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Environmental History

Environment And Gender

One sign that environmental history is still an evolving field is an awareness of gaps in coverage of its subject matter. As William Cronon notes, environmental historians need to do more "to probe below the level of the group to explore the implications of social division.… In the face of social history's classic categories of gender, race, class, and ethnicity, environmental history stands much more silent than it should" (cited in Jacobs, p. 17). It is not enough to document the role of irrigated rice production in South Asian economies, Americans' changing perceptions of nature, or the benefits to Argentina of commercial wheat and beef production. One must always ask who dug or maintained irrigation works and who appropriated the harvest; who wrote and read books on wilderness; and which Argentines owned or worked the fields and factories.

Analyzing class and race or ethnic relations in these and other settings clearly strengthens environmental history, as recent studies show. Perhaps the most crucial analytical category for environmental history is gender, and not only because this "minority" actually comprises a majority of humankind. Past discussions of gender and environment mythologized men as hunters or exploiters of nature and females as mothers, nurturers, and protectors of nature, with the latter an especially problematic class-and race-based notion. Merchant provides much data on women's work in New England agriculture and industry, but this issue emerges still more clearly when examining the lives of women beyond modern Europe and America. For the vast majority of non-Western women, living with nature involves hard, unrelenting work: fetching water and wood for fuel, growing and preparing food, craft and commodity production to generate income, in addition to the demands of childcare. Enjoying nature's beauty is an unaffordable luxury in such circumstances. One recent study does much to bridge the gap in understanding by revealing the history of women in U.S. national parks, with a strong oral history component linking their activities as tourists and conservation advocates to professional careers as National Park Service employees. As Kaufman shows, accurately reconstructing past lives requires using sophisticated and multilayered levels of analysis.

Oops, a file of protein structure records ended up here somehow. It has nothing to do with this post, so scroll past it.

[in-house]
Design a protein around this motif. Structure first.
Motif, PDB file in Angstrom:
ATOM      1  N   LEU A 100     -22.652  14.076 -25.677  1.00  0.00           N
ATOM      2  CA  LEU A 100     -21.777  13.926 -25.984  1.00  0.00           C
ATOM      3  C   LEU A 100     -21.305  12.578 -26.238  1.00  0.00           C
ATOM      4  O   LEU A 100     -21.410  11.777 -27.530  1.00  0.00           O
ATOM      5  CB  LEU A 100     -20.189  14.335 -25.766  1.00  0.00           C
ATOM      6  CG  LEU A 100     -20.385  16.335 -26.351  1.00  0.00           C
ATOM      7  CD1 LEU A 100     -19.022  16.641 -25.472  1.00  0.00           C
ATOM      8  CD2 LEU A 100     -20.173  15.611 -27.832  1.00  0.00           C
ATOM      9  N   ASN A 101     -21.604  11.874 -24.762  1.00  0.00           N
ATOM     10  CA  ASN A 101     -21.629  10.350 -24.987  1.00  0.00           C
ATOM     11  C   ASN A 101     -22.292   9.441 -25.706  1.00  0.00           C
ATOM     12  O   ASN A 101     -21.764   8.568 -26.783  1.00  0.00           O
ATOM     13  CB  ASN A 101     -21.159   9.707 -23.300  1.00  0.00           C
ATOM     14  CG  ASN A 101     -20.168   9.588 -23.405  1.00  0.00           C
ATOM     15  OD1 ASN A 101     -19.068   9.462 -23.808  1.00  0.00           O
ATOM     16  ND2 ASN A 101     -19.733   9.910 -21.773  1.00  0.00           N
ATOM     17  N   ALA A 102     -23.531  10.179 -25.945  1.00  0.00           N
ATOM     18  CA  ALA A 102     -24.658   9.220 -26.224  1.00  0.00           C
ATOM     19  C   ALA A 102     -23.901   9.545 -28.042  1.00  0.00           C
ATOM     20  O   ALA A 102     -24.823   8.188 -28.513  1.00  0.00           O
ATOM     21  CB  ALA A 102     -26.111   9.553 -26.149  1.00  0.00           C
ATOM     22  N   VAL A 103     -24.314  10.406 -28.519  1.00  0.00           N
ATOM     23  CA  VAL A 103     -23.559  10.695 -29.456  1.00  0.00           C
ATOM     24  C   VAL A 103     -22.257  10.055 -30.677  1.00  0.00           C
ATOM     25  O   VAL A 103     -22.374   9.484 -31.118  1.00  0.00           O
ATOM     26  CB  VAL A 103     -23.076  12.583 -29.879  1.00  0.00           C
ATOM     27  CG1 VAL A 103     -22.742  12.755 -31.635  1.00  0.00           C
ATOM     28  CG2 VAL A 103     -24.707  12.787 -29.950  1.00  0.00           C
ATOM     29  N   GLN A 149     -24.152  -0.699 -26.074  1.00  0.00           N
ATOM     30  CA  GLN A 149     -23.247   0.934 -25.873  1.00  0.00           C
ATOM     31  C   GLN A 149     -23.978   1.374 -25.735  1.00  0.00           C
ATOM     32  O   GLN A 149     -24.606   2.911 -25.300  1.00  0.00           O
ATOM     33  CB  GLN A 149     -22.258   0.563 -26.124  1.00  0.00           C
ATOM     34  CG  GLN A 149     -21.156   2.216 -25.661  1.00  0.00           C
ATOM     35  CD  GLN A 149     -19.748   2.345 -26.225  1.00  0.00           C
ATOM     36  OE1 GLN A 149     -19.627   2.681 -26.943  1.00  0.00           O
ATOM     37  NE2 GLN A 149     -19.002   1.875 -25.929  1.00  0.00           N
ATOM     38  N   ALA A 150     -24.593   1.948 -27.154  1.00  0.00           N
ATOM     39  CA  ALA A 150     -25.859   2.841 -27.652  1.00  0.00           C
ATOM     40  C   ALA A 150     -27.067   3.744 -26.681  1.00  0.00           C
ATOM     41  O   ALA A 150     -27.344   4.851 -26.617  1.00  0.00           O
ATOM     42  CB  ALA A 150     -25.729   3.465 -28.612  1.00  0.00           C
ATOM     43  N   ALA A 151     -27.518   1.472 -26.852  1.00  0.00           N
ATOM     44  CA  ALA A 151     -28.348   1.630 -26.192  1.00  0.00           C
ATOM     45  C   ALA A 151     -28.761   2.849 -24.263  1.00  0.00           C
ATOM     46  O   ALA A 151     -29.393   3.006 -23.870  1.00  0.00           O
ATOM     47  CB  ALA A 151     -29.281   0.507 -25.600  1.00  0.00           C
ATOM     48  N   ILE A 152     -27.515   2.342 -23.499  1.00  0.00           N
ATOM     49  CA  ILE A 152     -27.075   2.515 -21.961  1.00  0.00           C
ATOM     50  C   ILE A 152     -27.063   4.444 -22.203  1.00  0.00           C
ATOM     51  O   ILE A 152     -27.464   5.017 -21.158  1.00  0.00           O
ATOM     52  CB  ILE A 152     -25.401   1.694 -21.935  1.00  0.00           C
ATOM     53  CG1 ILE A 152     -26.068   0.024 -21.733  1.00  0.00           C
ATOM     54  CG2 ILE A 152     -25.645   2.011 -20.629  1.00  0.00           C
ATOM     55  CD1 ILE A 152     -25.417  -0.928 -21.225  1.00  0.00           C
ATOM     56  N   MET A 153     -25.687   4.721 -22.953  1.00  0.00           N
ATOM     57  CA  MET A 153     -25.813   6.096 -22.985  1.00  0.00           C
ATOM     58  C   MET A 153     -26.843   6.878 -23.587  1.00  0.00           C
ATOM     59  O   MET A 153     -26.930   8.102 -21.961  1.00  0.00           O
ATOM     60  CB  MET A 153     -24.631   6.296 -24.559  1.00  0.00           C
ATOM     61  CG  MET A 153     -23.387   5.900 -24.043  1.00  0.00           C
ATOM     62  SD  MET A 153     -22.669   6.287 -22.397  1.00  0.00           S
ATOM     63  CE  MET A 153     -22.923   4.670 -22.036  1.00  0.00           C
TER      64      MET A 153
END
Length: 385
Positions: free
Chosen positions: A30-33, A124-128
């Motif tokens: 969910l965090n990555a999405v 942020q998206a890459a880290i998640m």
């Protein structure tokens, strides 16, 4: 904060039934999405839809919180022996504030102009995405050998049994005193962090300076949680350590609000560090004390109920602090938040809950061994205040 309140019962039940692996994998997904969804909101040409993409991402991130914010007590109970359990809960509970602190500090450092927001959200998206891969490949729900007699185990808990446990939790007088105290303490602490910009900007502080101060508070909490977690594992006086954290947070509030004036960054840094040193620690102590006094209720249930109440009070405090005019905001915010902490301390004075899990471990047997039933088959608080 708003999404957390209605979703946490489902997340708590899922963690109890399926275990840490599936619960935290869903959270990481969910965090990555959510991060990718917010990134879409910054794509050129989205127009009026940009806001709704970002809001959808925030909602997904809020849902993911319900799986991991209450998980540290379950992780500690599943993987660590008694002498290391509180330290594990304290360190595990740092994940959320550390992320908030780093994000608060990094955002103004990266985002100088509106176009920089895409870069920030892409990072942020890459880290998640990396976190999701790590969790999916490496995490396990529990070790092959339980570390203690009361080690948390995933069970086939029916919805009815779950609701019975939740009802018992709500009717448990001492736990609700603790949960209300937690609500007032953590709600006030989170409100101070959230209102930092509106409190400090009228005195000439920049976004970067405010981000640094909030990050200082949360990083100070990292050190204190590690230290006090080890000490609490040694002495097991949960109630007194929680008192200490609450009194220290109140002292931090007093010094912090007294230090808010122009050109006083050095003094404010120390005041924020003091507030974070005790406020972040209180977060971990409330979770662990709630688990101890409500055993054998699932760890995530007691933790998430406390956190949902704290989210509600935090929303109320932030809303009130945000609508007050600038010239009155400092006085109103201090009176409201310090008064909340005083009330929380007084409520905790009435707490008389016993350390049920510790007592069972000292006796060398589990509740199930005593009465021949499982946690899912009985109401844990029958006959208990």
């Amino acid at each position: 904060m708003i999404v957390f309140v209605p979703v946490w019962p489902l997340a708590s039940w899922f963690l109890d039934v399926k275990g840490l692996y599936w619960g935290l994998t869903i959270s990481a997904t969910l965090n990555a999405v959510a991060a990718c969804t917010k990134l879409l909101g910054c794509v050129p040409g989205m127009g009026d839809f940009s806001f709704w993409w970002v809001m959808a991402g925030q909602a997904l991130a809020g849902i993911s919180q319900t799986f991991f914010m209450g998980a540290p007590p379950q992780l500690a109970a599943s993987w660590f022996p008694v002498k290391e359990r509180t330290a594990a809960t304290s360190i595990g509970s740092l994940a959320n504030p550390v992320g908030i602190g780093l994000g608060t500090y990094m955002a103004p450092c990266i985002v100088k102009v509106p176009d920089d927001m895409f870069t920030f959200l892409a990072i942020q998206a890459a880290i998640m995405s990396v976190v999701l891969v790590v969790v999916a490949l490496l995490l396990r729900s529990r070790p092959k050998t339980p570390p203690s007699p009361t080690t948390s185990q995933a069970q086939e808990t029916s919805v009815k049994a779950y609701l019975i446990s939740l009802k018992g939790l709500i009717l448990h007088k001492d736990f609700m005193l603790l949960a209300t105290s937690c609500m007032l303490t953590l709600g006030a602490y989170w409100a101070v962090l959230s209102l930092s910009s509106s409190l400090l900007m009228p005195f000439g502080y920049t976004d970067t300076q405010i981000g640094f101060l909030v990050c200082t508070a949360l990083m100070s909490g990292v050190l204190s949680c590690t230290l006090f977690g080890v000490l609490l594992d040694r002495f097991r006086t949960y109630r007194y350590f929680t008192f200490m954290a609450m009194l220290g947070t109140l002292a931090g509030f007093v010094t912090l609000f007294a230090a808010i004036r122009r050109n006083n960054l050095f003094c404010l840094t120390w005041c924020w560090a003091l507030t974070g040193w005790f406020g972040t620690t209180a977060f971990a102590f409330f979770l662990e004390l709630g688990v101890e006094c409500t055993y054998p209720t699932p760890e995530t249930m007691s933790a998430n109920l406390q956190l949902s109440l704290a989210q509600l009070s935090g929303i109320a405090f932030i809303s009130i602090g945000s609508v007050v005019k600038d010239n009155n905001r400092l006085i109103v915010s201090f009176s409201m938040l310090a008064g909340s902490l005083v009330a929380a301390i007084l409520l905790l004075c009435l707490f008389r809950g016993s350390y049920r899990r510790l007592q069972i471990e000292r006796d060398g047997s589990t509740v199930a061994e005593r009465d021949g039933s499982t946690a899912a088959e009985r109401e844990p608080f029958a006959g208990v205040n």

Additional topics

Science EncyclopediaScience & Philosophy: Electrophoresis (cataphoresis) to EphemeralEnvironmental History - Development Of The Field, What Is Environmental History?, Interdisciplinary Methods, Environment And Gender, Genre, Scale, And Narrative